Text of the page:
Stafford begins his novel with the line “Some men had started a war, other men went off to fight it; the living were left with the mess.” This novel is the story of the mess one young woman is left. Philomena Bligh, a seamstress from the north of England, must face life without her fiancé, Dan Case, who was killed only minutes after the armistice of World War I was announced. She feels compelled to travel to London to talk with three men who served with her fiancé. One of the men, a young barrister named Jonathan Priest who was Dan’s close friend, tells her he believes another soldier in her fiancé’s unit killed him over a gambling debt. But what can they do? Philomena is a working girl, Jonathan himself is from a working class family, and the accused is the wealthy son of Jonathan’s mentor, a powerful judge. The army had investigated Jonathan’s accusation and no charges were brought. Philomena can’t let it drop, and Jonathan finds that he wants to help her seek justice for Dan.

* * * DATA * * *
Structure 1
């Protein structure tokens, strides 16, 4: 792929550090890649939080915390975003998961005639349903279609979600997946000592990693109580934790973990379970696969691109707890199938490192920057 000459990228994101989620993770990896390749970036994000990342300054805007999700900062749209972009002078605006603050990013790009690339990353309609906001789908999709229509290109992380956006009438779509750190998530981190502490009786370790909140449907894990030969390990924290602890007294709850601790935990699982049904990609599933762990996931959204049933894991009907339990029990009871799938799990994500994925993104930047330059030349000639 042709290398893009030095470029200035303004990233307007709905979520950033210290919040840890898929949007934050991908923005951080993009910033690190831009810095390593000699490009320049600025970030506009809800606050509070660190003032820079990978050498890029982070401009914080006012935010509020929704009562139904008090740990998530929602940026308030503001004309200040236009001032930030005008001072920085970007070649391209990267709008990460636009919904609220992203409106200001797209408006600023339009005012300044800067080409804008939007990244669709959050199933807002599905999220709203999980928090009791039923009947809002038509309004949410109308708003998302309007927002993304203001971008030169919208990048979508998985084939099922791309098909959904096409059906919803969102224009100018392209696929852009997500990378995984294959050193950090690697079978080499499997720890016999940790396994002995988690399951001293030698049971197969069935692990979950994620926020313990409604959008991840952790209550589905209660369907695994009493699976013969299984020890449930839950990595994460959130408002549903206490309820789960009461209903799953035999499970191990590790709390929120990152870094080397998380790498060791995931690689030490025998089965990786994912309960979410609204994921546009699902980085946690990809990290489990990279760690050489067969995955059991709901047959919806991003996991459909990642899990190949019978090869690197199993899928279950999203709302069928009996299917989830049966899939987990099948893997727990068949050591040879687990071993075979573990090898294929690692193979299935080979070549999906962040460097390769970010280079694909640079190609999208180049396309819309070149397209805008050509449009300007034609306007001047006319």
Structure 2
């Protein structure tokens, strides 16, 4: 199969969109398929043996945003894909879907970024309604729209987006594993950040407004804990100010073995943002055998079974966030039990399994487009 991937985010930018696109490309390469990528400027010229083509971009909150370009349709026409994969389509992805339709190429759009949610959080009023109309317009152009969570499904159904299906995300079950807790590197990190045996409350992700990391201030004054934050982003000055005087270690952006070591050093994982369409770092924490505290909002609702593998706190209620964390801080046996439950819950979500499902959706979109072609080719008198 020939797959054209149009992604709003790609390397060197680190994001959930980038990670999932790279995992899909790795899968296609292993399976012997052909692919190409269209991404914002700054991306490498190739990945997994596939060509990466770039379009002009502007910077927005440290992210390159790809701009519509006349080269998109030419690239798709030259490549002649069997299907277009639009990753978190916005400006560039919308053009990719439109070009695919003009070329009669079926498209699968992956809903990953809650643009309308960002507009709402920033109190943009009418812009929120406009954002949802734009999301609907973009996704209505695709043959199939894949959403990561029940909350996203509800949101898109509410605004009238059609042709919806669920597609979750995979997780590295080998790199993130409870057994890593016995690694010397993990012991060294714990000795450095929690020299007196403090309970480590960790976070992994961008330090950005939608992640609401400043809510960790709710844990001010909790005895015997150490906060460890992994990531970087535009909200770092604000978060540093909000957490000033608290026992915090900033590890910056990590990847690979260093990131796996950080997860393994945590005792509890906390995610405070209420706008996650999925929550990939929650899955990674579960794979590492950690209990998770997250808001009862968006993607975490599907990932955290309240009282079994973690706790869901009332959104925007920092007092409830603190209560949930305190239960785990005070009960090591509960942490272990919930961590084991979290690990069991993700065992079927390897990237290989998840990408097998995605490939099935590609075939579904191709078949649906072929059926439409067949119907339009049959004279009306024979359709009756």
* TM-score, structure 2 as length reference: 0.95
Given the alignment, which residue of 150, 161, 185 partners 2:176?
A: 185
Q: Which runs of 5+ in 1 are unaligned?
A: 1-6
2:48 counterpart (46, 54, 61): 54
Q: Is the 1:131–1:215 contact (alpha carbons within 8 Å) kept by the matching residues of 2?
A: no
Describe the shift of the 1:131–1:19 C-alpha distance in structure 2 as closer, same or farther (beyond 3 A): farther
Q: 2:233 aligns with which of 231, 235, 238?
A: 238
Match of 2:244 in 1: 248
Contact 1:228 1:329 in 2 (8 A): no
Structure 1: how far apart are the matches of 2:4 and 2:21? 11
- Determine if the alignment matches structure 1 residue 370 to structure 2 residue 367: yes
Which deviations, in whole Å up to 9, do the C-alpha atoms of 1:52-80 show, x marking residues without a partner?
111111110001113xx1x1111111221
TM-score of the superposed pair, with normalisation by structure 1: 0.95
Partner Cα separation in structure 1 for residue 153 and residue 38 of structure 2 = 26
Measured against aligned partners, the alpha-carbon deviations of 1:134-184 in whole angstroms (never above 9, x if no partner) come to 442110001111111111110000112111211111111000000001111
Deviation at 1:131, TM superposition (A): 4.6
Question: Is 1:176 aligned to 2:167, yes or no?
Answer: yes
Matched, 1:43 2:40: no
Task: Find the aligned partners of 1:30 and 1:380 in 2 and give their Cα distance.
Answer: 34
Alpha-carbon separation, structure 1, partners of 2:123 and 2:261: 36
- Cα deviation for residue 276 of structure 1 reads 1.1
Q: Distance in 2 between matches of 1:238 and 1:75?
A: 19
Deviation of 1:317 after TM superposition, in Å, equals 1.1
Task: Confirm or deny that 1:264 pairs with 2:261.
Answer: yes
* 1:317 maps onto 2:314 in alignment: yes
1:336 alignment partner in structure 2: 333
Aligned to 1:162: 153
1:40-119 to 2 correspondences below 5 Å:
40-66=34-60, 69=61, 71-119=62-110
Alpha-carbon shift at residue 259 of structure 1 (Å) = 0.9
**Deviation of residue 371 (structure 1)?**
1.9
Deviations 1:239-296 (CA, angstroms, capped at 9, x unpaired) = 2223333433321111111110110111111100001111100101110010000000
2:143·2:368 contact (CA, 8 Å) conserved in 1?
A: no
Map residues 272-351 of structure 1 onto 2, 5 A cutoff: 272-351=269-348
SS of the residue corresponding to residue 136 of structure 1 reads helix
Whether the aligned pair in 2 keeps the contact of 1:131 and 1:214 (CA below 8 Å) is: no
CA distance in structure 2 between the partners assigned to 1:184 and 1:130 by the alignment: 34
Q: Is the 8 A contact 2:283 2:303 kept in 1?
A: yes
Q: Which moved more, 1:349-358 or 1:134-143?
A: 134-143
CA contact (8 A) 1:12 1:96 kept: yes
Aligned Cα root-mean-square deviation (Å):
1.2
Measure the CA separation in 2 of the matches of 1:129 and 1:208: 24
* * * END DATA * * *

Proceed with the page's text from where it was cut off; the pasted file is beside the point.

Philomena and Jonathan are wonderfully drawn characters, honorable and courageous but not perfect, and I found myself caring deeply about them. One can see the impact of the war on the psyche of the young generation: Philomena’s hands flutter uncontrollably, while Jonathan drinks too much and uses cocaine. Stafford seems to have captured the essence of postwar London. I was carried along by this story of the devastation that war can bring to people’s lives and Philomena and Jonathan’s struggle to overcome.